Frank: You know what? Whatever sense, our Bang album went to the heavy metal hall of fame six months ago. To me, whatever genre or whatever mode it goes into we’re grateful for it. I never thought of us as a doom band because I thought we were always more of a rock ‘n’ roll band. Doom is sludge kinda stuff, we were more about having a groove, there was a difference in our music, but hey, if it’s stoner rock, if it’s acid rock, if it’s hip hop, whoever loves us we’re grateful for it but to me I don’t see us as that kind of band because every album we did was different. We didn’t stay in that vein, coz we were being pushed by Capitol to be commercial and do something else. They expected the Bang record to take off and sell a million copies, and when it didn’t they were trying to push us to be more commercial and so we lost that vein.

Back in ’71-’72 hard rock was really obscure, it wasn’t radio-friendly, they didn’t even have FM radio back then, everything was AM so it was just the beginning of everything and we kinda got lost in the shuffle. But we’re very happy to be attached to stoner & doom rock. We did a tour with Pentagram and our music fitted right in with theirs and people loved it and that’s good with us.

Lucille: So after many years of silence, Bang are back and touring again. Why have you decided to bring the band back again?

Frank: I think we were so young the first time around, we’ve had forty years of really nothing going on. We all went our separate ways and when we reformed and put a website up we started getting fan letters. It made us realise the music was still valid and we still had an audience out there. Time went around and the stars aligned for Tony, Frank and me. Our legacy is not done, we hadn’t seen each other in 25 years and within a week we had written 15 songs.

Once you have magic with somebody it never goes away, and I think when we got back together again, we realised that we still had a lot to offer so we decided to go back and do what we love, we’re musicians, we love to play. At that point the buzz got out that we were back and we were lucky enough to get the Pentagram tour and get back out there. That was our first tour in 42 years and to be out there playing again and realising “Wow, people love our music”, that’s what brought us back. The fact that the music is still strong and it’s still original and I think what goes around comes around, our music was just as good as anybody’s and it was time to go play it and have fun.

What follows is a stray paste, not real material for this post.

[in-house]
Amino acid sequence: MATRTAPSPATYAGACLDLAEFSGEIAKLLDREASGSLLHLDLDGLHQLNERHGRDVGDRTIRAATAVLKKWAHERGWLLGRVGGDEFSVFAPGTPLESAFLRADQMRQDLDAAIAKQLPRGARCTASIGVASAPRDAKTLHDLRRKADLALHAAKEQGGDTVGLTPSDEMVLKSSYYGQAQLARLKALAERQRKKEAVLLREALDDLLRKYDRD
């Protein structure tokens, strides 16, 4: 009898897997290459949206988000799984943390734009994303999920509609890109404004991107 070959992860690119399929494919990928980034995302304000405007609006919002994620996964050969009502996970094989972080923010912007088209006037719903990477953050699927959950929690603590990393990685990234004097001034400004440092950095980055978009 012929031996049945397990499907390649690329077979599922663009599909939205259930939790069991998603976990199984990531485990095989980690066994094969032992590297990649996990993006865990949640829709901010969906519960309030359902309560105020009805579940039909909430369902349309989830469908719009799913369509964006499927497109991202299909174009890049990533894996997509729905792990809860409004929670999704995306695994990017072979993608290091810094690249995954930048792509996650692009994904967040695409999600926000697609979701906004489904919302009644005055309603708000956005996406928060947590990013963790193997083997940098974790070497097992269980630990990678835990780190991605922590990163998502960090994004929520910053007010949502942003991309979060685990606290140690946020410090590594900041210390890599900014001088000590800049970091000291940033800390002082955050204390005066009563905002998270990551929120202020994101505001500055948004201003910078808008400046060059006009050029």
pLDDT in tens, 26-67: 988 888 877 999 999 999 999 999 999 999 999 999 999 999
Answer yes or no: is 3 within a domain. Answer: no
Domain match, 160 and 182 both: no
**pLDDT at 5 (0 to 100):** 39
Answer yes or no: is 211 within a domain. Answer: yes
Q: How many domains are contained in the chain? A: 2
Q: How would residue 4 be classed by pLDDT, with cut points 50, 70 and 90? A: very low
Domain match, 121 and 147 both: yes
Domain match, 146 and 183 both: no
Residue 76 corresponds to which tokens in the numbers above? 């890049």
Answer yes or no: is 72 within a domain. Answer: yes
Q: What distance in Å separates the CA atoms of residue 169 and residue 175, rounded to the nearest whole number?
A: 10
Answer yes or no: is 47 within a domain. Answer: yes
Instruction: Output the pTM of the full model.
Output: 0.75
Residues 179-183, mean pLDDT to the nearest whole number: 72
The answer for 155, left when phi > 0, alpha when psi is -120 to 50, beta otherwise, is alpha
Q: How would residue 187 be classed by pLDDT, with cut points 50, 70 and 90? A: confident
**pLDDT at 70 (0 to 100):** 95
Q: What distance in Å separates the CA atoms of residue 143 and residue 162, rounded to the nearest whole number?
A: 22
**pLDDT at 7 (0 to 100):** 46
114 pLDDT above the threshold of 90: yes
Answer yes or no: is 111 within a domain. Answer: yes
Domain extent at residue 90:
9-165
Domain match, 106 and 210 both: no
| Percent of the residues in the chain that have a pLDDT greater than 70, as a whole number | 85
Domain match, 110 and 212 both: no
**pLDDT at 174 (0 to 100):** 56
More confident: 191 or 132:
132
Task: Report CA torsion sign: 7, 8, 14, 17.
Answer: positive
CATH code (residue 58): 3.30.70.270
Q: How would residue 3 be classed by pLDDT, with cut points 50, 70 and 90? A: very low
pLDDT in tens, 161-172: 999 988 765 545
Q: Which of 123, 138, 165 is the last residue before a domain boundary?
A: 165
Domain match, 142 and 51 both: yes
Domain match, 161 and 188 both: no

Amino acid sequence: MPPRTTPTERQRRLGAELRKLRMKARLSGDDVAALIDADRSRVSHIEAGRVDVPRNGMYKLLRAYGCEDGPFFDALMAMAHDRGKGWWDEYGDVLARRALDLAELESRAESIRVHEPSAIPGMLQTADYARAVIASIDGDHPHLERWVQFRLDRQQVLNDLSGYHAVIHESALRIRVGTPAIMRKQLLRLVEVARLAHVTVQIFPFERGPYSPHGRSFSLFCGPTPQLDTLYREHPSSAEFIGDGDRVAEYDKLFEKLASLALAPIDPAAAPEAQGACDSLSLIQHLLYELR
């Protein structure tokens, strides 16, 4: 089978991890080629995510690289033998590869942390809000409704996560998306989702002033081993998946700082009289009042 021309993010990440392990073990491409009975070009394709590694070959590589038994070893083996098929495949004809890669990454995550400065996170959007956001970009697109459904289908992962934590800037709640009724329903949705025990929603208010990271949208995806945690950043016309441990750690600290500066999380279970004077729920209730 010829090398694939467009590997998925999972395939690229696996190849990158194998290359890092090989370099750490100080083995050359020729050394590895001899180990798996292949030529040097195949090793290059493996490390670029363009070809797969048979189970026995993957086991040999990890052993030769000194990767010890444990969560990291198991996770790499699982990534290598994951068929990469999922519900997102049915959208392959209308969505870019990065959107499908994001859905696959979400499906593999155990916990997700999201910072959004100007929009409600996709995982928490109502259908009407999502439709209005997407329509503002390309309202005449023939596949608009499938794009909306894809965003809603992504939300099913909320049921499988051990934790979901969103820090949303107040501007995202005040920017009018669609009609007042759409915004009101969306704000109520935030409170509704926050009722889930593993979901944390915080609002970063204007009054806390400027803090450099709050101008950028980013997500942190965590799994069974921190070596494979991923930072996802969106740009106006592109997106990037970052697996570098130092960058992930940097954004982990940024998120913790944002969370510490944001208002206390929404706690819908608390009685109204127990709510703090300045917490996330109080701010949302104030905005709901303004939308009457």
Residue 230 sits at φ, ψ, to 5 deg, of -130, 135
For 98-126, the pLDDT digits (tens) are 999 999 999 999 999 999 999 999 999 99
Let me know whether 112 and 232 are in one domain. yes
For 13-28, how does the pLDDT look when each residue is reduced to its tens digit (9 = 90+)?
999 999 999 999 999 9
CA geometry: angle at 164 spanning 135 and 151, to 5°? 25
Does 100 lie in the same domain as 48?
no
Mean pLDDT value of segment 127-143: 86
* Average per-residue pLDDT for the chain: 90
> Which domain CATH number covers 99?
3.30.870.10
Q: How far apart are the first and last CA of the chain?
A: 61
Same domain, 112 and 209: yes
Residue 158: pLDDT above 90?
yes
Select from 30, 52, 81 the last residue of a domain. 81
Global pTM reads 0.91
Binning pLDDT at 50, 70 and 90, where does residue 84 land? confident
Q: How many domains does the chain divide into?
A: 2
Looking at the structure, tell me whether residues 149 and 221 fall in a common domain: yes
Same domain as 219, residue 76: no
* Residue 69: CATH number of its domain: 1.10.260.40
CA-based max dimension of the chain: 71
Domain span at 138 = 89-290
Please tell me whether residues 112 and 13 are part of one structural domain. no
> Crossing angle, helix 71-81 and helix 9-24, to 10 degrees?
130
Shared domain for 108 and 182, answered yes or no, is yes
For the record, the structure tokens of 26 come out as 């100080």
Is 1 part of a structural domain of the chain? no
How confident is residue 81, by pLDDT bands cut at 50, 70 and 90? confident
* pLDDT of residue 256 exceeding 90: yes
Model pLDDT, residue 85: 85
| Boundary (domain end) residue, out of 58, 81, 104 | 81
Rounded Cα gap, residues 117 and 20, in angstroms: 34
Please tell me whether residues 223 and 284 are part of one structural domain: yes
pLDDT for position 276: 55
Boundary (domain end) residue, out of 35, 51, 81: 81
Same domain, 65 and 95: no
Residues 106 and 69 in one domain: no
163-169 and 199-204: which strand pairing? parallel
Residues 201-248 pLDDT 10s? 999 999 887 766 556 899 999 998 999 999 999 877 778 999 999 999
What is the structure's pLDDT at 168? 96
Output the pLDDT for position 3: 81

Frank had the time and the enthusiasm to do it again. That one hour you play on stage, that’s the reward for putting up with a lot of trials and tribulations along the way, that’s really when a band has the most fun, when you’re on stage playing for that hour. That’s what makes everything worth it. We just want to finish what we started, add on to our legacy, hopefully do a couple more records and see where it goes, before we’re in the rock’n’roll heaven with David and Lemmy, coz we’re at that age.

Lucille: It’s terrible, [the recent rock’n’roll deaths are] getting really depressing 
      
Frank: When I tell you we had 30 year-olds coming out, I think now old music is out-selling new music, I think the young people don’t have what we had and they appreciate it now because they don’t have it. I think it’s a great thing because to me the sixties and seventies was the best era in music. Everybody had their brand, The Who was The Who, Zeppelin was Zeppelin, there was nobody sounding like anybody else. Now you got a billion bands you couldn’t tell one from the other because they all sound the same and I think the golden age of music is really over with. I don’t think we’ll ever have the phenomenon of The Eagles, or The Beatles, Bowie, who was just tremendous. I don’t think that will ever happen again actually, which is a shame.

Starting in April 2016, Bang did their first European tour, which visited the UK, Germany, France, The Netherlands, Denmark, Sweden, Spain and Portugal. During the interview Frank described his anticipation for that tour:

We’re like children at Christmas time. I really appreciate the fact that we’re able to go to Europe. If I was a young man it might not be a big deal. “Oh big deal I’m going to Europe” ya’know, but at this point in our lives we’re just very thankful that our music stayed strong enough to be able to get somebody to bring us to Europe. We broke up right before we were scheduled to go to there, to go to the UK and do a tour with Rod Stewart because we played with him right when Maggie May was a hit, we broke up right before that and we were never able to go to Europe. At 62 years old I’m now getting the chance to do what I should have done when I was 20. European fans are the most loyal of any fan, it’s quite different in America coz there’s so much going on here. Europeans still have the old values, the old virtues.

Lucille: Some of them yeah haha

Frank: It’s the thrill of playing to people that I wouldn’t normally see, in places I’ve always dreamed of going to. If I can be on stage playing and doing what I love, I could die right then and I’d be the happiest man in the world because to me success isn’t about money, it’s about doing what you love and you have a passion for. A lot of people take opportunities for granted, but I think the older you get, the more you appreciate when something happens, you have to enjoy the moment. To me there’s a special saying of Shakespeare’s: “Expectation is the root of all heartache” so in my mind, do what you love and don’t expect anything, if you think too big then you’re just going to be heart-broken.

--------------------------------------------------------- 

And that concluded the interview. This year, Bang has so-far played a few shows in the US and has chalked-up some more Europen shows for the summer. Check them out in the touring section of Bang's facebook here: https://www.facebook.com/Bangtheband/app/123966167614127/
So far they have mentioned dates in Germany, Belgium, Sweden and Denmark!

Finally, thanks to Lucille for allowing me to post this interview!

Still Bangin' away in 2017!